This is a revised application for support of a predoctoral training program in Virology at the University of Minnesota. The specific need for a training grant in the area of Virology has arisen from the efforts of an energetic and dynamic group of University of Minnesota faculty, who are all members of the Institute for Molecular Virology (IMV). The primary goal of this training grant application is to attract and educate predoctoral students with an interest in pursuing an independent research career. The 12 preceptors involved in this training program represent a highly enthusiastic mixture of senior and more junior faculty members that are strongly committed to the training of predoctoral students in Virology. All of the participating preceptors have trained and graduated at least 1 Ph.D. student and all have current federal grant support for their research programs. Several of the preceptors are accomplished leaders in their research areas, while others are rising stars. The overarching research theme of the training program is virus-host cell interactions, which encompasses 1) mechanisms of viral replication and restriction and 2) molecular pathogenesis. Predoctoral students who seek training in Virology enroll in the Microbiology, Immunology and Cancer Biology (MlCaB) Graduate Program or the Molecular, Cellular and Structural Biology (MCSB) Graduate Program. Students will take graduate level courses in cell and molecular biology and obtain rigorous and intensive coursework in Virology. Predoctoral students will be chosen for this training program from a pool of MICaB and MCSB students, typically in their second or third year of training, by a competitive selection process. Students will be supported for up to 3 years. Students supported by the training program will participate in IMV research-in-progress meetings, IMV subgroup meetings, a virology journal club, an IMV lecture series, and the annual IMV Symposium. Trainees are expected to complete their dissertation research in 4-5 years, publish their work in high-profile virology journals, and pursue postdoctoral training at leading research institutions.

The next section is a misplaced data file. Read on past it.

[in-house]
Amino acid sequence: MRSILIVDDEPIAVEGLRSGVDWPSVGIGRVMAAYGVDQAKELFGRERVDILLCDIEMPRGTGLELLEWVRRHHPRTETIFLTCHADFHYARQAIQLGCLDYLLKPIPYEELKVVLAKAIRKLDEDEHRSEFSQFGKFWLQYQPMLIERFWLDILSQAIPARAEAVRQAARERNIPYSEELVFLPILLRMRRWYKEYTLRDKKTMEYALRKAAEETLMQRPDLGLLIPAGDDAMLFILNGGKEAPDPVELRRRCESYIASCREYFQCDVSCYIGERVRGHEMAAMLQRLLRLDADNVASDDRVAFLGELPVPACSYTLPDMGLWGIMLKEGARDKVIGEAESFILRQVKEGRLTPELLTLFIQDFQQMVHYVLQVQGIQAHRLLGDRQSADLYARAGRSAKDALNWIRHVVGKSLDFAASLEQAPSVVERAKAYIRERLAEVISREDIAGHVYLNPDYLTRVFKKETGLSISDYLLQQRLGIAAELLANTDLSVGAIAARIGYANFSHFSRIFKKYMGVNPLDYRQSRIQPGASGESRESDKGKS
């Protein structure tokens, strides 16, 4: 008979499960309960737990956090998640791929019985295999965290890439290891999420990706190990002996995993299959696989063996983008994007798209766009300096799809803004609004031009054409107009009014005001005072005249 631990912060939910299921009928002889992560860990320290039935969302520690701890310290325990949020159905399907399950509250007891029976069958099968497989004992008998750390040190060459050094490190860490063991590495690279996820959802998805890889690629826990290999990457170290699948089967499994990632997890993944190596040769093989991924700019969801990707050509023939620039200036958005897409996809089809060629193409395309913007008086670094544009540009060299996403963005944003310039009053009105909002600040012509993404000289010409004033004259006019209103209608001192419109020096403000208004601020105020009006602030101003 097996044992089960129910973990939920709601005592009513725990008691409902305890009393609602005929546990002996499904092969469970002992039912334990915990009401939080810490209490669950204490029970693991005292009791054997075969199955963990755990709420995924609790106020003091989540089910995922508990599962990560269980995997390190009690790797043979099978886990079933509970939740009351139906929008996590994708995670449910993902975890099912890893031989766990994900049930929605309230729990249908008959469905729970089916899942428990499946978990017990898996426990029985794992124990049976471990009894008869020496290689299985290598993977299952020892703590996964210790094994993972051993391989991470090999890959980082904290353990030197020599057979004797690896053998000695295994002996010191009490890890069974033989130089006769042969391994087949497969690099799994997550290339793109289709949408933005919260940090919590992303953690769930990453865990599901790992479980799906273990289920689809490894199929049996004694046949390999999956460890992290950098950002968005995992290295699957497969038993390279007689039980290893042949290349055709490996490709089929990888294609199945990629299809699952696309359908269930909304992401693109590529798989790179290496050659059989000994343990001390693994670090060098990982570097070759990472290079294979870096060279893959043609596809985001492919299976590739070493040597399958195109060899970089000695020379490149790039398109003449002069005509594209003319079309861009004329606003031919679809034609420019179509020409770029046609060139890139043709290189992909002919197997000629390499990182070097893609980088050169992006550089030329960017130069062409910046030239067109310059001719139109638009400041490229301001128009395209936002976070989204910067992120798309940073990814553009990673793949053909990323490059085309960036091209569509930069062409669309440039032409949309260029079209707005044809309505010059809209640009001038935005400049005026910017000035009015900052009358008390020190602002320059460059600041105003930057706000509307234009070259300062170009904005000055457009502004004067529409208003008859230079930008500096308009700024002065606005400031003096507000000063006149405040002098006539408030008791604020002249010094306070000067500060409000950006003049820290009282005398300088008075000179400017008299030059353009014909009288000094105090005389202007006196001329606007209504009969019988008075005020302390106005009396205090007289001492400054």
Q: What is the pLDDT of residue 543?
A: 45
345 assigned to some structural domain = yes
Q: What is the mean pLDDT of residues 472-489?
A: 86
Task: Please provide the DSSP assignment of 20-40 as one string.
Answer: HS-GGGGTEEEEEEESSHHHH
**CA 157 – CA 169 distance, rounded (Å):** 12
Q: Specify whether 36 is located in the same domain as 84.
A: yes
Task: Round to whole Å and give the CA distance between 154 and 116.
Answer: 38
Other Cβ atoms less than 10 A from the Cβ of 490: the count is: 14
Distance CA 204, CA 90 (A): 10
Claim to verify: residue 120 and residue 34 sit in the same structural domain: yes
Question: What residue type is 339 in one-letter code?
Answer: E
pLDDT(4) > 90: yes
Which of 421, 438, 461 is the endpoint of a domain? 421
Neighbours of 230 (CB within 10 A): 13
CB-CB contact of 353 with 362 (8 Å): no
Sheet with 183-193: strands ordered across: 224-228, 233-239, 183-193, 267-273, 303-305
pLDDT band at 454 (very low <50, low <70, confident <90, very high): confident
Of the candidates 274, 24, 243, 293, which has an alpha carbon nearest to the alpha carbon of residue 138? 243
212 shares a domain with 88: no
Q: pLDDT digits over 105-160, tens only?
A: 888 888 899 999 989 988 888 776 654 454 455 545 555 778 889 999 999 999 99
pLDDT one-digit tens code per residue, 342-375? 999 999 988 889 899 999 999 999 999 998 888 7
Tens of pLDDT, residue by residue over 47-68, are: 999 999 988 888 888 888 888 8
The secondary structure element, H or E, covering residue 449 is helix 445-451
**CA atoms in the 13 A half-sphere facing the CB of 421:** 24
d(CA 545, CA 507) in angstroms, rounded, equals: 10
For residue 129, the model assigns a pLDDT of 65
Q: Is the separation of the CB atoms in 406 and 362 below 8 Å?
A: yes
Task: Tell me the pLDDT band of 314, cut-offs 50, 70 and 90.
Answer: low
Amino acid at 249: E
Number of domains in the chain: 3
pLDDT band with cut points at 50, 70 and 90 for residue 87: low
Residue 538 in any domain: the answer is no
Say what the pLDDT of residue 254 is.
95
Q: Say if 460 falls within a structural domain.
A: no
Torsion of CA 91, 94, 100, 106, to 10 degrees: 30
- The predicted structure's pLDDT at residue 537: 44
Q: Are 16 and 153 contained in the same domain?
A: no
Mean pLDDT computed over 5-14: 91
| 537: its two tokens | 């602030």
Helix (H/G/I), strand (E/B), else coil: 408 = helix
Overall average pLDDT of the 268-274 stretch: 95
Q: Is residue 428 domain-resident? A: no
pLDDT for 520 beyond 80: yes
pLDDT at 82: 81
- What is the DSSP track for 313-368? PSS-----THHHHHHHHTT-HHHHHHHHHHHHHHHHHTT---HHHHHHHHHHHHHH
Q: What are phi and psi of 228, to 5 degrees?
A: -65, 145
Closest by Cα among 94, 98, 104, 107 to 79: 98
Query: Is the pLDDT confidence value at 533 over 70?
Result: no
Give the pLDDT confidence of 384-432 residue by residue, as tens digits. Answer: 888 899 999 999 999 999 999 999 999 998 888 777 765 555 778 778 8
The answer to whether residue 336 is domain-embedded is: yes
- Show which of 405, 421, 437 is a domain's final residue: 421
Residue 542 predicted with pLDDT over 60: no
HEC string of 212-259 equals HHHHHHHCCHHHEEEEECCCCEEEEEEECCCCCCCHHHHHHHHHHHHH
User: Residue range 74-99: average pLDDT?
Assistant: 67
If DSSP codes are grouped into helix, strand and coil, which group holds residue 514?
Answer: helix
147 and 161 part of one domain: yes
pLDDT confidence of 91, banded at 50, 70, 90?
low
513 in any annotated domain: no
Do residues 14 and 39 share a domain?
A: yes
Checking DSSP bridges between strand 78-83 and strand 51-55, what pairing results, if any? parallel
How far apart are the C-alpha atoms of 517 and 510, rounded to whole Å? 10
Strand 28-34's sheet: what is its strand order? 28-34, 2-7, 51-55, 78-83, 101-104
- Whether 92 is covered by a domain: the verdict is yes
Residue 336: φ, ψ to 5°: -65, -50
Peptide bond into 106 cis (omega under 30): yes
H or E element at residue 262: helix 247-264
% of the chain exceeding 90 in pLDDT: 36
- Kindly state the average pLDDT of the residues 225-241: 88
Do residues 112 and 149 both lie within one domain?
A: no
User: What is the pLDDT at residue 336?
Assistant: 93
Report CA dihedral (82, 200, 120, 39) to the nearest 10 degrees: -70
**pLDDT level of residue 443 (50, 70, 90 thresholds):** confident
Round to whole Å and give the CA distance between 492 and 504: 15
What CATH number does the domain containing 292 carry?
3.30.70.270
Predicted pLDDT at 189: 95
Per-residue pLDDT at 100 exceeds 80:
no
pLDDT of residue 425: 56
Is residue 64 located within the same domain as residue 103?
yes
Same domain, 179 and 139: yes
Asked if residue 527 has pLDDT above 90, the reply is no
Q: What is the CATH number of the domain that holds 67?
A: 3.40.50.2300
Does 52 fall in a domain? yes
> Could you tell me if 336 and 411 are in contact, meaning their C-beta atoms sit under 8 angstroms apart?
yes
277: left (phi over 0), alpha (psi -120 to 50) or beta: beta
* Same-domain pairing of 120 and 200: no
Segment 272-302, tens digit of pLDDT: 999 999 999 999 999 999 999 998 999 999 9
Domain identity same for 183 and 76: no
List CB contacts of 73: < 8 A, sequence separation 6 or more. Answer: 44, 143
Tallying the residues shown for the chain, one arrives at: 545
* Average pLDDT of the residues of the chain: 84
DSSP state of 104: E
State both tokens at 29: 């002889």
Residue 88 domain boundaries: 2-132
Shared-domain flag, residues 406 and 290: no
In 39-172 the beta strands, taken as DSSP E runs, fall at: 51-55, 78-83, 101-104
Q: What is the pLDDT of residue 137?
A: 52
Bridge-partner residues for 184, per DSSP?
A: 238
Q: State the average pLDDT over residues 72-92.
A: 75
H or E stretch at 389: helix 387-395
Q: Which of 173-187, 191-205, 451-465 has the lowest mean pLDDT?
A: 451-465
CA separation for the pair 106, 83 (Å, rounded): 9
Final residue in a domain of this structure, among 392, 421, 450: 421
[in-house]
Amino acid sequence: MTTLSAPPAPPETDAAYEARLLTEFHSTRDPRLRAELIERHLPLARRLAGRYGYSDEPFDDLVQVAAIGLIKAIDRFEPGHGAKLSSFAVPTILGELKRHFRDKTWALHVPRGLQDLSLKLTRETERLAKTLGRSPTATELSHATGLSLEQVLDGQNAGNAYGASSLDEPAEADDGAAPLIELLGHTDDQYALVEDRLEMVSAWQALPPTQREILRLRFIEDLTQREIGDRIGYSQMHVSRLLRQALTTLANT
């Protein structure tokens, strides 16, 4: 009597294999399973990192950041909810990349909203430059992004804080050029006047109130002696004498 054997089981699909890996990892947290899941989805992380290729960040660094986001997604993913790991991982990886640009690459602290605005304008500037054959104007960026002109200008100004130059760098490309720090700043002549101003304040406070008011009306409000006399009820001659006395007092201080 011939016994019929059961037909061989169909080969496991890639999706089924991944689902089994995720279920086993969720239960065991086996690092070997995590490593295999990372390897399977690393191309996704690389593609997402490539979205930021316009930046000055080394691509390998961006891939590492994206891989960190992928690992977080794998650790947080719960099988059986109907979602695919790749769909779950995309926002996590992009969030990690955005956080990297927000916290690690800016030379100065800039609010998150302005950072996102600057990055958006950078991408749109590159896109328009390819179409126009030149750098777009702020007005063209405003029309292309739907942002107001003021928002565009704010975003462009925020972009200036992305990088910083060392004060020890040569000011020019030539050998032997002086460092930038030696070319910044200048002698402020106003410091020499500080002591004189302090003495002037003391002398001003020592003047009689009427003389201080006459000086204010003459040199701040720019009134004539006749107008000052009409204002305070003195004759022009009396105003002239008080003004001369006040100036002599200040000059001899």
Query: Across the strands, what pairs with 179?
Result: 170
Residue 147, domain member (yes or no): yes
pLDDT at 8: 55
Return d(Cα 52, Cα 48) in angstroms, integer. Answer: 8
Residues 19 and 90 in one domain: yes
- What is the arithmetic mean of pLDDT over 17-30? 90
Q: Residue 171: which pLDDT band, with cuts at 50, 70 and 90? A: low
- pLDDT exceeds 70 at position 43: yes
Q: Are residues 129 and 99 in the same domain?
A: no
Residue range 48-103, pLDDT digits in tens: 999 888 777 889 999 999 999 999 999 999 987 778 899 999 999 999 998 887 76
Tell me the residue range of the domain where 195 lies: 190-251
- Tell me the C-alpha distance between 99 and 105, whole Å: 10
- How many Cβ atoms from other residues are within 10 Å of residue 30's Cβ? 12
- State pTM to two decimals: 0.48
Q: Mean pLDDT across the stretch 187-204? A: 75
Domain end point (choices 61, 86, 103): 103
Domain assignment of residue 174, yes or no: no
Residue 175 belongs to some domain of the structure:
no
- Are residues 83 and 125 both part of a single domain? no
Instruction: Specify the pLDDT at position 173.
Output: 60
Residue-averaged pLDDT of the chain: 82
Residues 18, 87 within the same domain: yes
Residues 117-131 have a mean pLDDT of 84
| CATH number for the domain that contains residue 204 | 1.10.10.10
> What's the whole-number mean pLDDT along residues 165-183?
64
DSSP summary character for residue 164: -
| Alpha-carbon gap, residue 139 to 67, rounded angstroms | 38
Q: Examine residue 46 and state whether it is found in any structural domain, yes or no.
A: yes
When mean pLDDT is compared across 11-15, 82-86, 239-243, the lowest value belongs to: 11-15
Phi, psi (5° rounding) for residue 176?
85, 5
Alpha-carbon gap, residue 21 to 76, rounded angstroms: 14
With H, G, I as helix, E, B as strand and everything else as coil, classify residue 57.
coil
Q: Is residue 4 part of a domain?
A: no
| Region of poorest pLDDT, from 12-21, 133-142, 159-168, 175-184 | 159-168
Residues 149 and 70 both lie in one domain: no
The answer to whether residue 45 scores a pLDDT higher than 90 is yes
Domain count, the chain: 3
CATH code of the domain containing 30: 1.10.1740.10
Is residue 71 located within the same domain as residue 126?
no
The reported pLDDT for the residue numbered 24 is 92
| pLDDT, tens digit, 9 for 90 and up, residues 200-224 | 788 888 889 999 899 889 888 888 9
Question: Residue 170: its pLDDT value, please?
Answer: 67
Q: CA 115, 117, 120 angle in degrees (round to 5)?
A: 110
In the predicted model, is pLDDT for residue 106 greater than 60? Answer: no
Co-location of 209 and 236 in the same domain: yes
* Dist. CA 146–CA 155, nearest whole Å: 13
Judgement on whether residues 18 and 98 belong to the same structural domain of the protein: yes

This training program is relevant to public health as it supports career development of young scientists who will help develop new antiviral drugs and vaccines for viral diseases.
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